Daily mortality data between 1995 and 1998 were obtained from the Census and Statistics Department. Mortality data covered all deaths reported in Hong Kong, and were coded according to the 9th revision of the international classification of diseases (ICD). Daily time series datasets were constructed for mortalities from “all diseases of the respiratory system” (ICD 461-519) and its subsets, chronic obstructive pulmonary diseases (COPD, ICD 490-496) and pneumonia and influenza (ICD 480-7). Daily datasets were also constructed for mortalities from “all diseases of the cardiovascular system” (ICD 390-459) and its subsets, ischaemic heart disease (IHD, ICD 410-414) and cerebrovascular disease (ICD 430-8).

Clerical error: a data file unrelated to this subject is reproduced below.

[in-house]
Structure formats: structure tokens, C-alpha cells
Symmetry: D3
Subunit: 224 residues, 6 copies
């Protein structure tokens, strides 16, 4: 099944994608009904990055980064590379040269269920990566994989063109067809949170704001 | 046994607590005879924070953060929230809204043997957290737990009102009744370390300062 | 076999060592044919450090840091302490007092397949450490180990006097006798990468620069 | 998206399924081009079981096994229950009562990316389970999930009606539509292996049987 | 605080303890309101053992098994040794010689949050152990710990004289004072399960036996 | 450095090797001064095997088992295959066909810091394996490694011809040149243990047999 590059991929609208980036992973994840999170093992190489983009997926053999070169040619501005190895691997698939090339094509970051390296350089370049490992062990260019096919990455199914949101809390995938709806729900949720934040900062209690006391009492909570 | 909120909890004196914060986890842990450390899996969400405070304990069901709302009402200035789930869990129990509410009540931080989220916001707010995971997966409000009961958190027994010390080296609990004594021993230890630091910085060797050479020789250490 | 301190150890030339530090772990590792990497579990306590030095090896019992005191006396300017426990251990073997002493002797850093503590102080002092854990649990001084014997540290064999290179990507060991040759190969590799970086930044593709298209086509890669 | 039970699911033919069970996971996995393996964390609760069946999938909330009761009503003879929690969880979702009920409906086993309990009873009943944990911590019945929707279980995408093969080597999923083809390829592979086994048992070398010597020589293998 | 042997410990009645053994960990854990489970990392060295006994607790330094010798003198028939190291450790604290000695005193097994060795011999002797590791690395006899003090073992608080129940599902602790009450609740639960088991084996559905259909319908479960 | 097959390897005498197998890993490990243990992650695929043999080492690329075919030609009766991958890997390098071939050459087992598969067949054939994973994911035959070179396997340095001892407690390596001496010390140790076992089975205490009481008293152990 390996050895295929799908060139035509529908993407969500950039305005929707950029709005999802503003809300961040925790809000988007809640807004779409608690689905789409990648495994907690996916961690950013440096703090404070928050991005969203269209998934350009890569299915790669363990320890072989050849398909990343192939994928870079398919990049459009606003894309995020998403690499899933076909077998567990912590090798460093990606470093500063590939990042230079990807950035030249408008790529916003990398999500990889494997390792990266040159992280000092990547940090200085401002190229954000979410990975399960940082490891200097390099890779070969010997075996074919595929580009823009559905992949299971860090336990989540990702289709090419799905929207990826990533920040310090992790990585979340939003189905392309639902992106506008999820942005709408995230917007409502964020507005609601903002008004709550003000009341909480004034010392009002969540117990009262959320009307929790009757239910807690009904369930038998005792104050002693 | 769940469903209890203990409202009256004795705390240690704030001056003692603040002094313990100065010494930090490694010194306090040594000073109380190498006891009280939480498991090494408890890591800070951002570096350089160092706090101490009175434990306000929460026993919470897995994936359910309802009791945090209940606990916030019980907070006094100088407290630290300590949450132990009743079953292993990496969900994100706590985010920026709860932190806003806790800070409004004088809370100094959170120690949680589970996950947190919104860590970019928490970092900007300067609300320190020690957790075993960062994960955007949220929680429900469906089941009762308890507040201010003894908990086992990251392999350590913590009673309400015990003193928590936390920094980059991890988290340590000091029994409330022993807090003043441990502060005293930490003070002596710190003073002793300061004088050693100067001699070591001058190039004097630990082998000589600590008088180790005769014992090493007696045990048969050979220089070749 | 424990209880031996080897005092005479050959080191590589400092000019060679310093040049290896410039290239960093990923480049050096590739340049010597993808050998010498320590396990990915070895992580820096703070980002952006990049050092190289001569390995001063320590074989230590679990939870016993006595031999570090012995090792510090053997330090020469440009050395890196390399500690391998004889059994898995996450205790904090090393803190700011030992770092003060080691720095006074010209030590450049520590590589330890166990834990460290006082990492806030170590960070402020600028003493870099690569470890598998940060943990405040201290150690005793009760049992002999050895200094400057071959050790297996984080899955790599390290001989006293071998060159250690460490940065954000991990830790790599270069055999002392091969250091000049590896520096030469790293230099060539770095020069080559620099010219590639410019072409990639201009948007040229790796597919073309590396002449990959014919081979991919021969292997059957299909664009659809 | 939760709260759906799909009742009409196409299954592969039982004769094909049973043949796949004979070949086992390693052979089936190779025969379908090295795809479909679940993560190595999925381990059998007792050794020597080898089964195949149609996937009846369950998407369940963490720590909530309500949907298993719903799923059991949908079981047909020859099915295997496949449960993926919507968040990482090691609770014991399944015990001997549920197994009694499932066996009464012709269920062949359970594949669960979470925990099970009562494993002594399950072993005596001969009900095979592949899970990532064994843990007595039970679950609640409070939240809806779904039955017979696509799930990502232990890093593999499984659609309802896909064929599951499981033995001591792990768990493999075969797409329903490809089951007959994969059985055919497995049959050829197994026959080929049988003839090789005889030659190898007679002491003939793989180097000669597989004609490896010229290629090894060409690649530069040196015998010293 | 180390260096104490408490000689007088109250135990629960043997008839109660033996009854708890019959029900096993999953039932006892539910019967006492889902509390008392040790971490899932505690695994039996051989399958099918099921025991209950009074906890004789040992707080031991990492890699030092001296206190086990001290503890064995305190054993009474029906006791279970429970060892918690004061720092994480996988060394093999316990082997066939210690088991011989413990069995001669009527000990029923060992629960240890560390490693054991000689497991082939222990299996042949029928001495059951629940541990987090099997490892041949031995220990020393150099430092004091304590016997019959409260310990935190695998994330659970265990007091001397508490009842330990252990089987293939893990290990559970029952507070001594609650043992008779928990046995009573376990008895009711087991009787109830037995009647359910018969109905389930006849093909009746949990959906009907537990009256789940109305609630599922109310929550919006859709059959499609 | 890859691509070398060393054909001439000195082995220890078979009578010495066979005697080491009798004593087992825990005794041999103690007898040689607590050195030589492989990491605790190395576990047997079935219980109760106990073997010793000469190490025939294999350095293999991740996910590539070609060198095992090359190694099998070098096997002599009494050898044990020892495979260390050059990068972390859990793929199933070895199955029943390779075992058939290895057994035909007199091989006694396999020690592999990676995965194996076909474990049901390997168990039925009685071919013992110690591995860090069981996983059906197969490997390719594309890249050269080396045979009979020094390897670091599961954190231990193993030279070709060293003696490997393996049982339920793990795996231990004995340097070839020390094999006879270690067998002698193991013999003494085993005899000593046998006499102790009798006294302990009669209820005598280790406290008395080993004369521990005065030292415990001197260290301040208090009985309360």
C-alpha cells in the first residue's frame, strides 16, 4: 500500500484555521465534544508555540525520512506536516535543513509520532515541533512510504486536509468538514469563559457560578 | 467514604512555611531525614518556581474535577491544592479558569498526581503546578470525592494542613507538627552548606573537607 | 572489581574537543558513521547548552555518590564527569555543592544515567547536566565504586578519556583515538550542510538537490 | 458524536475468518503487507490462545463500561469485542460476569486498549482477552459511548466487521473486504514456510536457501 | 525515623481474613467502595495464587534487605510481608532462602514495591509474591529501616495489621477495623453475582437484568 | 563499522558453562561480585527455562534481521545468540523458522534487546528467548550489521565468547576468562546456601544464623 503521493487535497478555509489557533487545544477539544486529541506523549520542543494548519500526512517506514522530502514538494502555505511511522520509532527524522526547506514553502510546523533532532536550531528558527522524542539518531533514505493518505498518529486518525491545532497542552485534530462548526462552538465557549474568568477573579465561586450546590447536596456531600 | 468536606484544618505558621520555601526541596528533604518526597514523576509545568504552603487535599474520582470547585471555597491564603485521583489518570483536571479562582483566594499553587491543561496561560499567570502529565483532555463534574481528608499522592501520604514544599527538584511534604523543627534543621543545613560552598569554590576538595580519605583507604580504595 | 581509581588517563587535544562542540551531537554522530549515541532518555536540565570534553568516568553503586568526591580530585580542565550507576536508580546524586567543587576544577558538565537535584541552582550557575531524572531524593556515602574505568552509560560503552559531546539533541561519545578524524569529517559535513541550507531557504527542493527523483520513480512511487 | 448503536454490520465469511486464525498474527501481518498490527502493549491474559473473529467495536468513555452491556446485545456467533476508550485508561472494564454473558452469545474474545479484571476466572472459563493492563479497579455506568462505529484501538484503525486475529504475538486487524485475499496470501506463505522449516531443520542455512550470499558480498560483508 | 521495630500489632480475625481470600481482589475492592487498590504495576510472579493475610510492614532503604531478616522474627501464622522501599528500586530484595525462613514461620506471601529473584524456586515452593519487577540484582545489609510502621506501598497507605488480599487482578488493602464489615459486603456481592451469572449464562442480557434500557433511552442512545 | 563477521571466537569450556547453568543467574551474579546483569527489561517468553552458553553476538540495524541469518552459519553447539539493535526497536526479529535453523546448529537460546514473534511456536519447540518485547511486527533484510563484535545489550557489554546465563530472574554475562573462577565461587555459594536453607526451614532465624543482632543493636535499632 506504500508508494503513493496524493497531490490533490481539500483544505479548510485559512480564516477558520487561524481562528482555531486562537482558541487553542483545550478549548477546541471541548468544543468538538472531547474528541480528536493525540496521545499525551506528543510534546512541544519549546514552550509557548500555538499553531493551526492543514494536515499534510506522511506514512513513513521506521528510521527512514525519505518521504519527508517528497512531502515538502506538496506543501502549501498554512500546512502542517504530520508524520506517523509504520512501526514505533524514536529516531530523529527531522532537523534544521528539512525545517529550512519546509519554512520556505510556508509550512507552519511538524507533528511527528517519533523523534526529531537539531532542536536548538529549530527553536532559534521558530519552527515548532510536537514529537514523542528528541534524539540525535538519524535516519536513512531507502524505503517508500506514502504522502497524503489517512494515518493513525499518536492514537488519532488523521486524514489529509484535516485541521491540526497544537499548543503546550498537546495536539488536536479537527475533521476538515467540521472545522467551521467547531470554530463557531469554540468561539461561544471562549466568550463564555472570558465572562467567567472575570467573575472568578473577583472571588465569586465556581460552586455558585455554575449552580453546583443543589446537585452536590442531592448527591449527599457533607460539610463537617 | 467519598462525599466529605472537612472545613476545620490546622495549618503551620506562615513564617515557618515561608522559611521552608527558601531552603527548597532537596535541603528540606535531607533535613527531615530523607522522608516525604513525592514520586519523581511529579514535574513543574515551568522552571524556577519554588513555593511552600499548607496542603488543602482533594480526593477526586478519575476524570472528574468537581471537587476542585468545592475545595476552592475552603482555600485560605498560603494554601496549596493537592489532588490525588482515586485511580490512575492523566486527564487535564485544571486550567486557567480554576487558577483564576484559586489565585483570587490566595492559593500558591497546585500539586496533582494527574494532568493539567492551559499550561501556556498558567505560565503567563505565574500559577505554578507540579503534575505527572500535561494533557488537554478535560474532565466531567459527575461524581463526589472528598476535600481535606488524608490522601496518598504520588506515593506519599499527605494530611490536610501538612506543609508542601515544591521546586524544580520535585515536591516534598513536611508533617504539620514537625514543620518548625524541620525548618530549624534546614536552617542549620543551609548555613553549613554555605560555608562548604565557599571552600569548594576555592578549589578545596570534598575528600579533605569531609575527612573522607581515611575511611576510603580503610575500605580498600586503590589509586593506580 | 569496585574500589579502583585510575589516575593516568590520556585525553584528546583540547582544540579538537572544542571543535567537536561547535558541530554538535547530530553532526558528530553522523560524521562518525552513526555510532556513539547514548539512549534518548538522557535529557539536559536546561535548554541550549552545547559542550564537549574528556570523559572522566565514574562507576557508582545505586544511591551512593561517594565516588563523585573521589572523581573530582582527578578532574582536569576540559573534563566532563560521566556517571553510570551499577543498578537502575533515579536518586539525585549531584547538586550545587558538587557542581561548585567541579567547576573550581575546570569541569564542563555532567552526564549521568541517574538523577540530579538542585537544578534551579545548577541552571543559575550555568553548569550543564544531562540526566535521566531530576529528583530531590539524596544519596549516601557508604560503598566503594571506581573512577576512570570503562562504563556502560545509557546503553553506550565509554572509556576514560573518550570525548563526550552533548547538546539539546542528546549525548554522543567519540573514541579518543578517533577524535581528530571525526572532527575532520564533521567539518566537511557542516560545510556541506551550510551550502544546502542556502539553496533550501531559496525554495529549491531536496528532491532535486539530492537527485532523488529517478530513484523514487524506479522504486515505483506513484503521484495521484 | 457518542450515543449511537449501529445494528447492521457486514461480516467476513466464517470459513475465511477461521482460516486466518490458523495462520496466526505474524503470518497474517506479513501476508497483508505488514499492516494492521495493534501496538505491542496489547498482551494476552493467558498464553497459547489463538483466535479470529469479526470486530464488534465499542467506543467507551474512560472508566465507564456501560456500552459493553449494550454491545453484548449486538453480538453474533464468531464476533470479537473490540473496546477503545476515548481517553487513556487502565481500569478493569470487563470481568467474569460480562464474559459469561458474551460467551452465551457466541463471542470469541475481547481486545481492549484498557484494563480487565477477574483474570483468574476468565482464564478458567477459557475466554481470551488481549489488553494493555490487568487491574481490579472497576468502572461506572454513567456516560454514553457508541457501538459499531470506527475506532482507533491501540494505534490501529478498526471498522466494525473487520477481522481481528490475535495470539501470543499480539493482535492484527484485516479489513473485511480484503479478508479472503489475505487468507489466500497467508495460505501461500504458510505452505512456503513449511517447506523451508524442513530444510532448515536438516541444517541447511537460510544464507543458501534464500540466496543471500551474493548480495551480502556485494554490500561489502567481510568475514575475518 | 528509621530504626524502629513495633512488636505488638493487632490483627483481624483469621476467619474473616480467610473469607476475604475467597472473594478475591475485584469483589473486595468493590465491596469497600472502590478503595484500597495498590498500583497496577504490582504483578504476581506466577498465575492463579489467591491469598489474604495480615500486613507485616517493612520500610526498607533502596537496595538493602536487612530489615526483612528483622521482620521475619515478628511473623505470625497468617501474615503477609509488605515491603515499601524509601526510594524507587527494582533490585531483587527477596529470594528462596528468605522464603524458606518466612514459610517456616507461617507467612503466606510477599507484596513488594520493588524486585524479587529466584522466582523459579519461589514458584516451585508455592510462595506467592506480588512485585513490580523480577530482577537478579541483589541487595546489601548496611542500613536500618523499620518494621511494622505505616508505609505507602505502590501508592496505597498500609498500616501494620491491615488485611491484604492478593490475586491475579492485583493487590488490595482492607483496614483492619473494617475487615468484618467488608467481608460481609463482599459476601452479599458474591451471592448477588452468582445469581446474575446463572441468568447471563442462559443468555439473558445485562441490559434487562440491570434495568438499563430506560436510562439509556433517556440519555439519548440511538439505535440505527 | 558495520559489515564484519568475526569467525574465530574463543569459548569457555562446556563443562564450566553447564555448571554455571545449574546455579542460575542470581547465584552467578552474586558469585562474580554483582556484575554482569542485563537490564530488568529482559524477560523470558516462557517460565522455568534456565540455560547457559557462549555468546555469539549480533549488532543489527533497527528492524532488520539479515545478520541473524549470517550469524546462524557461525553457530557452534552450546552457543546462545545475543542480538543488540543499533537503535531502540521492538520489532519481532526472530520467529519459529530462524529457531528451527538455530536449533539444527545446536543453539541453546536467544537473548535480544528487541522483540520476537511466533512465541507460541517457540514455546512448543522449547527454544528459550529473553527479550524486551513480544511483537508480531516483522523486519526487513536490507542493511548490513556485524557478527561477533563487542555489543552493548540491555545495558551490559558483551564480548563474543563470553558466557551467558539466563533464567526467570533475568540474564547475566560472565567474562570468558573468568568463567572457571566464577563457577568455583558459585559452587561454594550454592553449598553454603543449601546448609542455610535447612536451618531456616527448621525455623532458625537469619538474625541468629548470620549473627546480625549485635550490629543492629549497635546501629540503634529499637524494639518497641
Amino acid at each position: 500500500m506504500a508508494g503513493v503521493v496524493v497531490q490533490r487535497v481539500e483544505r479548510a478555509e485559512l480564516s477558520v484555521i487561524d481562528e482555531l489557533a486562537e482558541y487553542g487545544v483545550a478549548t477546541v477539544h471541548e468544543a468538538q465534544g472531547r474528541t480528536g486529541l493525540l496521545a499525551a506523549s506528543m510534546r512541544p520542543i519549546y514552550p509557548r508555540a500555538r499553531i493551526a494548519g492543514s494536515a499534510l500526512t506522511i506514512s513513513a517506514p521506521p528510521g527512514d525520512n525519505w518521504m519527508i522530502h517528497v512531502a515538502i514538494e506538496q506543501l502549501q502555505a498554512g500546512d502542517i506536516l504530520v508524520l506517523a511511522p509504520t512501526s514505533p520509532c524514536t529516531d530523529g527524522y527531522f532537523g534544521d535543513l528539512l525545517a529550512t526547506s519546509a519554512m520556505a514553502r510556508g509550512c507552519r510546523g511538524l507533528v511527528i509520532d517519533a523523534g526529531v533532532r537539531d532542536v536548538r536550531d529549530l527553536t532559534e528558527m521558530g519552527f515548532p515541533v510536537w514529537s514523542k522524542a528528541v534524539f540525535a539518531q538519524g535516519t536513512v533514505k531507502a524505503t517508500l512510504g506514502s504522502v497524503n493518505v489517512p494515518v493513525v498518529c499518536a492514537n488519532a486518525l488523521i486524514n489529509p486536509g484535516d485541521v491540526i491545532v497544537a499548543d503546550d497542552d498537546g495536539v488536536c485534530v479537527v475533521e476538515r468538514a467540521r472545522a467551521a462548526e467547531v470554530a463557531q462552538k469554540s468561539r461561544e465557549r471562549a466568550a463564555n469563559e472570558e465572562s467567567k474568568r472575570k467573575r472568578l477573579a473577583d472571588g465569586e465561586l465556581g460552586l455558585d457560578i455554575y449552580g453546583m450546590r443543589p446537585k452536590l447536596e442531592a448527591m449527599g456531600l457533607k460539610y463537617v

Air quality and weather data
Air pollution data between 1995 and 1998 were obtained from the Environmental Protection Department. Hourly concentrations of four air pollutants: SO2, NO2, PM10, and O3 were monitored in eight monitoring stations interspersed in different districts of Hong Kong using pulsed fluorescence, gas phase chemiluminescence, tapered element oscillating microbalance, and ultraviolet absorption, respectively.20 Twenty four hour mean concentrations of NO2, PM10, and SO2 were calculated. As the formation of O3 is dependent on sunlight, a daytime (0900–1700) 8 hour mean concentration of O3 was used for analysis.22 In view of the low ambient concentration of CO in Hong Kong, monitoring of CO has been confined to only one station in recent years. We have therefore excluded CO from our study. Daily mean temperatures and relative humidity for the same period were obtained from the Hong Kong Observatory.